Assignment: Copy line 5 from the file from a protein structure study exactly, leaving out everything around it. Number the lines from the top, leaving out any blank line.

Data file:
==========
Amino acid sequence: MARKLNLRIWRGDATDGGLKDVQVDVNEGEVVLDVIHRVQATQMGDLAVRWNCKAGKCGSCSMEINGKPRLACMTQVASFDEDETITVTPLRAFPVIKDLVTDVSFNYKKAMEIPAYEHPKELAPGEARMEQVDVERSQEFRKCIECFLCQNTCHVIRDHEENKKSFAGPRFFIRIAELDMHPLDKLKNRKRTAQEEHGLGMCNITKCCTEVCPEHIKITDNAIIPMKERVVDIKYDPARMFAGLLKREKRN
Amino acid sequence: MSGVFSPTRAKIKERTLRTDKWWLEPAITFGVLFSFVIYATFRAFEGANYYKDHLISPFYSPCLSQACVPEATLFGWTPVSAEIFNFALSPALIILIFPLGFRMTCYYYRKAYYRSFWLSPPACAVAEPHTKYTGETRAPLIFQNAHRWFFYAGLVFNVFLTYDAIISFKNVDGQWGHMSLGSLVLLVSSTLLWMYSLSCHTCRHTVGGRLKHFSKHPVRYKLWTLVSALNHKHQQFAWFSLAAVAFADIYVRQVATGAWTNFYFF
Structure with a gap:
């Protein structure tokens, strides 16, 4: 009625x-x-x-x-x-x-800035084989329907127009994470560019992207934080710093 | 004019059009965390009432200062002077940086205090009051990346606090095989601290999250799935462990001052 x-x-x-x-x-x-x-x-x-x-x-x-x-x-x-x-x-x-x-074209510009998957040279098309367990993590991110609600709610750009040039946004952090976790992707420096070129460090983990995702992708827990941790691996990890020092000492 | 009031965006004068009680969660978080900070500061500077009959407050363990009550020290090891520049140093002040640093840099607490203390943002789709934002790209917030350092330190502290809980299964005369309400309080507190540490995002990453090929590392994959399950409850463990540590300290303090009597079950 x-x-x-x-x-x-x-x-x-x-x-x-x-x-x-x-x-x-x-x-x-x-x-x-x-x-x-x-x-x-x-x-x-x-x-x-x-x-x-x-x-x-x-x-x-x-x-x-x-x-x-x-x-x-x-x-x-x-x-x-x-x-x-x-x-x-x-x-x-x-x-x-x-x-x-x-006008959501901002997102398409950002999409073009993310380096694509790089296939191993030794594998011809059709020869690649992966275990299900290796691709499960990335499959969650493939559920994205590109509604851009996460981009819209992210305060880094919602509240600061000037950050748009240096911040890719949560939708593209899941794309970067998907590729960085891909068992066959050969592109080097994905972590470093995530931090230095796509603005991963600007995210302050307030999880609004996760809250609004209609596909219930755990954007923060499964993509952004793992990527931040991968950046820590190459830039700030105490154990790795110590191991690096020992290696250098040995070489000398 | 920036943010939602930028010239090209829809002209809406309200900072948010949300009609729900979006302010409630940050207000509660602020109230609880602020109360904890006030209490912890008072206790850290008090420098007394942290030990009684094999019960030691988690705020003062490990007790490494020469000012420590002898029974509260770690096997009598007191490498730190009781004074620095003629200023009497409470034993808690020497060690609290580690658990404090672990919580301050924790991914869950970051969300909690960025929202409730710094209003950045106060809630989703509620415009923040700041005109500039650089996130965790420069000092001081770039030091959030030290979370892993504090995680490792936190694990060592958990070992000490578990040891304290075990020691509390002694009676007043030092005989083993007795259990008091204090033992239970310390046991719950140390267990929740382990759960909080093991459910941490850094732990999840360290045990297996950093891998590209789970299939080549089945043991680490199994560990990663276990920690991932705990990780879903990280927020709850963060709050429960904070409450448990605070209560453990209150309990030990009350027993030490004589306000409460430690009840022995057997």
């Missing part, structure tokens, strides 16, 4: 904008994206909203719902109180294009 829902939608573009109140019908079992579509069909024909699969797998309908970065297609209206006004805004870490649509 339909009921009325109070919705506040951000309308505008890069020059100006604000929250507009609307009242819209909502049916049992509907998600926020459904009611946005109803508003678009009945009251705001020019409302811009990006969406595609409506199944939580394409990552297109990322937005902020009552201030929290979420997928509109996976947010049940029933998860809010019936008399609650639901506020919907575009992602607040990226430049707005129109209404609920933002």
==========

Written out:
């Missing part, structure tokens, strides 16, 4: 904008994206909203719902109180294009 829902939608573009109140019908079992579509069909024909699969797998309908970065297609209206006004805004870490649509 339909009921009325109070919705506040951000309308505008890069020059100006604000929250507009609307009242819209909502049916049992509907998600926020459904009611946005109803508003678009009945009251705001020019409302811009990006969406595609409506199944939580394409990552297109990322937005902020009552201030929290979420997928509109996976947010049940029933998860809010019936008399609650639901506020919907575009992602607040990226430049707005129109209404609920933002």